The face of cannabis is all about the green. Cannabis is a plant from the earth, being all-natural, and those who support it often also care about the planet’s well-being. But the reality is, not every single cannabis business is as green and eco-friendly as the overall industry claims. Many businesses end up polluting the Earth, or not doing as good of a job at prioritizing environmental issues. At Eco Firma Farms, however, this is not the case. The company is on its way to becoming the first carbon-neutral cannabis farm, and it already has a very low carbon footprint. CULTURE spoke to Jesse Peters, CEO of Eco Firma Farms, about his love of the plant and approach to protecting the environment.
What makes your business special or unique?
I would say probably what makes us fairly unique is that we are an indoor farm and all of our electricity is 100 percent carbon-neutral. I’ve actually gone through the process and done everything we need to do be wind-powered, and we are the first farm to get an award from Portland General Electric. They were actually very taken aback giving an award to a cannabis company!
What steps are you taking towards being the first carbon-neutral cannabis farm, and why is this important to you?
The steps we are taking with the electricity are obviously our largest steps, and the fact that it is an indoor farm. We also have our recycling program, and the next step for us is getting into a position where we can eliminate all waste from the farm. When it comes to becoming carbon neutral, the first 90 percent is easy and the last 10 is hard. You have to consider how you get your nutrients, how you store things, if your employees bring their lunches to work and what happens to that waste. It’s easy to go pretty far down the rabbit hole with this, so our biggest step is figuring all of that out.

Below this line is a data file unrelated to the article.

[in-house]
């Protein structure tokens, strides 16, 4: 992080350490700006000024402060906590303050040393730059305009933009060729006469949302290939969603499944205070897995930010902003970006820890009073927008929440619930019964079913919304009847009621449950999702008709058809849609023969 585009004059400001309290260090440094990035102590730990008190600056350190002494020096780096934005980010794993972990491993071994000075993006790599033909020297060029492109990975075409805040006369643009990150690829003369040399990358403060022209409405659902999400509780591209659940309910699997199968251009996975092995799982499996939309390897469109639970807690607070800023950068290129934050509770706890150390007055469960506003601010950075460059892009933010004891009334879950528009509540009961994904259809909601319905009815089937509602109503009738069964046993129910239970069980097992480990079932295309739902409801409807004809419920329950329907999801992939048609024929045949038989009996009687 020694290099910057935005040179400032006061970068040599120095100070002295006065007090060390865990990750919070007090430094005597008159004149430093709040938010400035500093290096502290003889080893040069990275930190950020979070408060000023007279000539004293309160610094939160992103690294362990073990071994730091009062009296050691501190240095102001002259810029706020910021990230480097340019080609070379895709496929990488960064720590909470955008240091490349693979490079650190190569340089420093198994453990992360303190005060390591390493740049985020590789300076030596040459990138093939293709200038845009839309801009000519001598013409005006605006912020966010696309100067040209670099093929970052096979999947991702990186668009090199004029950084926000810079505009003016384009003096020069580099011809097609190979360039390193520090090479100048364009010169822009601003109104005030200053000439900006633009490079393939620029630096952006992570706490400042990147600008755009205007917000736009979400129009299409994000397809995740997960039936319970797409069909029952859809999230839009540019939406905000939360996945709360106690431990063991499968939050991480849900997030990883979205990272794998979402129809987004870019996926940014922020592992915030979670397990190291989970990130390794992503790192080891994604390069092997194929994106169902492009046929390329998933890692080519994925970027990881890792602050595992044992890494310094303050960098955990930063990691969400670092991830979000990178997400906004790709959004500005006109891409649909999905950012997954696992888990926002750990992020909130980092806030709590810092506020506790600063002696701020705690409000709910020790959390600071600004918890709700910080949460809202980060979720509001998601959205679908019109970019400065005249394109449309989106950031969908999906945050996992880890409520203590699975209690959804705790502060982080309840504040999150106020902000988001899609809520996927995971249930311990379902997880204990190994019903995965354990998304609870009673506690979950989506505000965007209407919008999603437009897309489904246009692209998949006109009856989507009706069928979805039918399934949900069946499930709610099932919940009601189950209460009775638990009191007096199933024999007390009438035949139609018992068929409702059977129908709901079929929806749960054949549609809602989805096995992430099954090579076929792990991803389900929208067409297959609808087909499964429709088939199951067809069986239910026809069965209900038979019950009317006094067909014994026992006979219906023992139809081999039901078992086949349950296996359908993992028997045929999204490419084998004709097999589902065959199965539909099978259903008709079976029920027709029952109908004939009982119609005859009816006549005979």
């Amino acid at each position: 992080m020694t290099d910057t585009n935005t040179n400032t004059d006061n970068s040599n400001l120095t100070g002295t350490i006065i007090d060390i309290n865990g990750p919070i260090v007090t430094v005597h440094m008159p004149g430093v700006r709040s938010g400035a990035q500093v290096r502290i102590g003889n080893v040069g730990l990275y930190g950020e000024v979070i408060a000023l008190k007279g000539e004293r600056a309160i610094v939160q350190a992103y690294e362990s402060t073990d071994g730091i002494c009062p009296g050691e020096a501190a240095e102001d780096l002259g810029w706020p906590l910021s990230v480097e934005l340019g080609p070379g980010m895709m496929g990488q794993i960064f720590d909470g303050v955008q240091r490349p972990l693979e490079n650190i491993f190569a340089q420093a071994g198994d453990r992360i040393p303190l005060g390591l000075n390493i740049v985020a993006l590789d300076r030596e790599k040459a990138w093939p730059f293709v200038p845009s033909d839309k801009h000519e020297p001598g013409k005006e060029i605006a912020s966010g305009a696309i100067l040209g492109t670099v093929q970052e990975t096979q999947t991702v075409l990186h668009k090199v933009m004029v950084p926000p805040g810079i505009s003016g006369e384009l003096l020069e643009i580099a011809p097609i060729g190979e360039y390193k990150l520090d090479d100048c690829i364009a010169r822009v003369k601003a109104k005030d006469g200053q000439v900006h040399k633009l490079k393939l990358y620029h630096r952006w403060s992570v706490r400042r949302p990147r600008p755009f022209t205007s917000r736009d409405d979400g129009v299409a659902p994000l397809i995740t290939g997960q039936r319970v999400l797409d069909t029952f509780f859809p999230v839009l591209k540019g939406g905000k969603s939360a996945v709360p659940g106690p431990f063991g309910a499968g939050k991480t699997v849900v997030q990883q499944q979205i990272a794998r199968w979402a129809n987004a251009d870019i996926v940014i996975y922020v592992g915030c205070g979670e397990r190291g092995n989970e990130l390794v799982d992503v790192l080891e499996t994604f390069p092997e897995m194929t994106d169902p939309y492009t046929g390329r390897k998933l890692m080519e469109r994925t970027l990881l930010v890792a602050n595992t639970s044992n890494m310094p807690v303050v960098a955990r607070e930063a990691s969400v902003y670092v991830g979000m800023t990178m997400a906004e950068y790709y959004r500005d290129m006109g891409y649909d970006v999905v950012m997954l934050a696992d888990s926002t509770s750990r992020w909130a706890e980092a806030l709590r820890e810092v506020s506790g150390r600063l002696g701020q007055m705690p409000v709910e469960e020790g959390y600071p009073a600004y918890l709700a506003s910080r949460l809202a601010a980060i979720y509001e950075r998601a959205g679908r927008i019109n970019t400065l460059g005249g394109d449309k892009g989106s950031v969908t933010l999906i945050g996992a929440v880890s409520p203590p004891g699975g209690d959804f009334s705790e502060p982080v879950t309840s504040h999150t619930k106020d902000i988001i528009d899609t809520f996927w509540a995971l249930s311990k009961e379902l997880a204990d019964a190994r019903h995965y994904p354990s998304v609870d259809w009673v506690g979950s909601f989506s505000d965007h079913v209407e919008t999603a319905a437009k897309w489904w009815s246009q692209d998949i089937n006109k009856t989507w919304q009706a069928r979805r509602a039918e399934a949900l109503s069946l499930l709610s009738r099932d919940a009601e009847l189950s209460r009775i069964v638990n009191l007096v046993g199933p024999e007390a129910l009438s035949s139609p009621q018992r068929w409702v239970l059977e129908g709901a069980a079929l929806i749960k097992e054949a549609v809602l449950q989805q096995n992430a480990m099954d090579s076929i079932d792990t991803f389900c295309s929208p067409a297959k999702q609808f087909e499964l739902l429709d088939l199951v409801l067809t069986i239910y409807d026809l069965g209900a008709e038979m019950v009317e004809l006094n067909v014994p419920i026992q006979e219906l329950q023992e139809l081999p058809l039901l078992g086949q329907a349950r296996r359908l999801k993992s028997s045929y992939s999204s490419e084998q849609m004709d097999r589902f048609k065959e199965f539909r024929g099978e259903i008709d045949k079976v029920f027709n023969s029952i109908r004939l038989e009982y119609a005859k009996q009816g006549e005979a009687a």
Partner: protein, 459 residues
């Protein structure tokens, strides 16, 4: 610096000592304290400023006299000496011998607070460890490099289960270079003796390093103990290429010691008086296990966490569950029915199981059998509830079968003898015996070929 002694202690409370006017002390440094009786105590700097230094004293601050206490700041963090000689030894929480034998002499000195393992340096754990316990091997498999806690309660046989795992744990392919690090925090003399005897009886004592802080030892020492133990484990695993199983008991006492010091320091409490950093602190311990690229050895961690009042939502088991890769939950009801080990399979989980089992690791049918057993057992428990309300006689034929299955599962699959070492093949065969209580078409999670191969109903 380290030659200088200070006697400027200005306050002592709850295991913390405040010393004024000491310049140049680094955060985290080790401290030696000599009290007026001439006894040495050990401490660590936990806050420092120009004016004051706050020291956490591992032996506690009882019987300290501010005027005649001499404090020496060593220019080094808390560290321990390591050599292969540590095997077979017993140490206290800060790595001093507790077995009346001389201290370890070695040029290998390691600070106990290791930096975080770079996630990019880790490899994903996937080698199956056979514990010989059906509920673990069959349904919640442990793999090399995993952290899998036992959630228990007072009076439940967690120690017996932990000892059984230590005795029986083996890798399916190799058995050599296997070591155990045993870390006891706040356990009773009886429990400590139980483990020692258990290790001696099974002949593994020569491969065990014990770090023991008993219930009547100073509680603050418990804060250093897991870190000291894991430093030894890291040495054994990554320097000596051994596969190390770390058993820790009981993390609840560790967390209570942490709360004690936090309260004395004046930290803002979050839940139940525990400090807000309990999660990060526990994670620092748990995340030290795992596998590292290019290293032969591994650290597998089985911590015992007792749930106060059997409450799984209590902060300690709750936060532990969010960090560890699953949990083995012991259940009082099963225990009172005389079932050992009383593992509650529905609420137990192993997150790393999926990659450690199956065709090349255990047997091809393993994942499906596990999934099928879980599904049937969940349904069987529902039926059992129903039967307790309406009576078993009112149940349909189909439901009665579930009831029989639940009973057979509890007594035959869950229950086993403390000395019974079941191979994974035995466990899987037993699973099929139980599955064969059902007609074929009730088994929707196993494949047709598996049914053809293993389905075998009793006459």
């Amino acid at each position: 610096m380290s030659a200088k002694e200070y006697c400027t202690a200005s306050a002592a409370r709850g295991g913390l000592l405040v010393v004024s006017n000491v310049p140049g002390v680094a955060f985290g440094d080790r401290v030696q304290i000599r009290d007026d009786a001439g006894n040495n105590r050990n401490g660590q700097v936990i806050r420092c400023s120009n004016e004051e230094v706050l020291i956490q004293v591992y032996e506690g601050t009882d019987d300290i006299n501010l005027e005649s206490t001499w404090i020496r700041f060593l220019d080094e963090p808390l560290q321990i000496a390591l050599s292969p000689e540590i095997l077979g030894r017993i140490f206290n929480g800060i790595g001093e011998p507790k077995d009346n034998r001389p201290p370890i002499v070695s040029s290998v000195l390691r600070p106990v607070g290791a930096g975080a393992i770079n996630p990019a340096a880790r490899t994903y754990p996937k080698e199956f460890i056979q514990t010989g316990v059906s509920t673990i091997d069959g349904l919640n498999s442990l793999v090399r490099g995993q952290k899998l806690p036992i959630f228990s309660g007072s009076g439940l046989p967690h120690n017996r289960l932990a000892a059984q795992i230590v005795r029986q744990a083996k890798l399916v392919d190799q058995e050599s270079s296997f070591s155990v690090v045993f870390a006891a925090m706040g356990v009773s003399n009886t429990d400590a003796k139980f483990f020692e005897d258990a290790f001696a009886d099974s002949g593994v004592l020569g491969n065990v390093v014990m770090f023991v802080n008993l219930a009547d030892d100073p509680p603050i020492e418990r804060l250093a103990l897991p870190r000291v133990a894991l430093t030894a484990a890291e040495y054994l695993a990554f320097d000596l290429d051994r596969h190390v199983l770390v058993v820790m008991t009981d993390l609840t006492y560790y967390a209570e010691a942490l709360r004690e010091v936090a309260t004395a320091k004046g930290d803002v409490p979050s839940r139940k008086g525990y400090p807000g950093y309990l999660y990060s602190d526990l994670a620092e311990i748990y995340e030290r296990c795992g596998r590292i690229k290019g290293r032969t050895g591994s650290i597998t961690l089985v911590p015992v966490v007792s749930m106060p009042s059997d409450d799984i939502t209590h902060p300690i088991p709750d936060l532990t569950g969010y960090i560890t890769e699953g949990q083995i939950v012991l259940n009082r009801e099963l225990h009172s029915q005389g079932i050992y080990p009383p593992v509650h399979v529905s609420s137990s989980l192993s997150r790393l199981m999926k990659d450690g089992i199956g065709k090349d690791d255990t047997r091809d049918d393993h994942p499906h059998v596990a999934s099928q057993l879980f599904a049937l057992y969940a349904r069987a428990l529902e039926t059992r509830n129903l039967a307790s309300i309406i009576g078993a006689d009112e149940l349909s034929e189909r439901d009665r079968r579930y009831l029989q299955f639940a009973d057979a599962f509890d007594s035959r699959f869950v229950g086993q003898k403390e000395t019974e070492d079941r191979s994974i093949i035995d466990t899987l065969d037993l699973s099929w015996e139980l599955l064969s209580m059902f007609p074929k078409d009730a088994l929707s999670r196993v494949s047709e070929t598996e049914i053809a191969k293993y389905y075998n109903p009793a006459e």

Tell us about your process using wind-renewable energy.
They set my account up and they have a certain amount of electricity they will allocate, and it has to be a certain amount of metering. They went in and audited all of our usage, found that we qualified and set up our accounts, and immediately started us towards being carbon neutral. We have now been authorized a grant to convert to solar as well, so the next phase would be to put a solar grade on the roof of our building.
Tell us about the natural pesticides you use and how they work.
We don’t use any pesticides at all; we use beneficial bugs, so we have, for lack of a better term, a biosphere in each room. It’s a constant watch of good bugs and what type of good bugs all the way through the soil to the plant to make sure we have a living insectary going at all times in any room to handle pest problems, and that’s why we spray nothing.
What are some of the products you are most proud of, and why?